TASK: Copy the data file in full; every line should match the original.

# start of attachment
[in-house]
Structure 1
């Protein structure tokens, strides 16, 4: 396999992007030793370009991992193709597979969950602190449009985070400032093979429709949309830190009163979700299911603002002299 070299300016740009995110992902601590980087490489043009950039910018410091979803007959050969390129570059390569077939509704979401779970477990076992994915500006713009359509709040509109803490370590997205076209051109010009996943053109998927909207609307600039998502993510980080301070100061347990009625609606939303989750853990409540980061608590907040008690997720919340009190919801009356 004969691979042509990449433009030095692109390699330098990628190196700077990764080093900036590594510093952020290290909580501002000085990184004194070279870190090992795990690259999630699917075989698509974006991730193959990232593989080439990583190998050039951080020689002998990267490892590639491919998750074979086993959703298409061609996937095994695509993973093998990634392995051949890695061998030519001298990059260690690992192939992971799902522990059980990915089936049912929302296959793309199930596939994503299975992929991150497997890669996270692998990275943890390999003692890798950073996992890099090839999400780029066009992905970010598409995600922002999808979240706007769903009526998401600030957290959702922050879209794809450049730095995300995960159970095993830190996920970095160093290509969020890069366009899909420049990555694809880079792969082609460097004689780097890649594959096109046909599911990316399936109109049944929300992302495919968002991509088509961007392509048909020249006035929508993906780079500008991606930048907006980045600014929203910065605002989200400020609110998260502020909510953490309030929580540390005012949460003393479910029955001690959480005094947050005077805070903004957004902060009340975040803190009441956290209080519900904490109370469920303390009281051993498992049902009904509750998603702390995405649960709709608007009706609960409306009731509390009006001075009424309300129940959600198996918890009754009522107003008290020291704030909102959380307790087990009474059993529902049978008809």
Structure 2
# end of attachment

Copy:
[in-house]
Structure 1
């Protein structure tokens, strides 16, 4: 396999992007030793370009991992193709597979969950602190449009985070400032093979429709949309830190009163979700299911603002002299 070299300016740009995110992902601590980087490489043009950039910018410091979803007959050969390129570059390569077939509704979401779970477990076992994915500006713009359509709040509109803490370590997205076209051109010009996943053109998927909207609307600039998502993510980080301070100061347990009625609606939303989750853990409540980061608590907040008690997720919340009190919801009356 004969691979042509990449433009030095692109390699330098990628190196700077990764080093900036590594510093952020290290909580501002000085990184004194070279870190090992795990690259999630699917075989698509974006991730193959990232593989080439990583190998050039951080020689002998990267490892590639491919998750074979086993959703298409061609996937095994695509993973093998990634392995051949890695061998030519001298990059260690690992192939992971799902522990059980990915089936049912929302296959793309199930596939994503299975992929991150497997890669996270692998990275943890390999003692890798950073996992890099090839999400780029066009992905970010598409995600922002999808979240706007769903009526998401600030957290959702922050879209794809450049730095995300995960159970095993830190996920970095160093290509969020890069366009899909420049990555694809880079792969082609460097004689780097890649594959096109046909599911990316399936109109049944929300992302495919968002991509088509961007392509048909020249006035929508993906780079500008991606930048907006980045600014929203910065605002989200400020609110998260502020909510953490309030929580540390005012949460003393479910029955001690959480005094947050005077805070903004957004902060009340975040803190009441956290209080519900904490109370469920303390009281051993498992049902009904509750998603702390995405649960709709608007009706609960409306009731509390009006001075009424309300129940959600198996918890009754009522107003008290020291704030909102959380307790087990009474059993529902049978008809």
Structure 2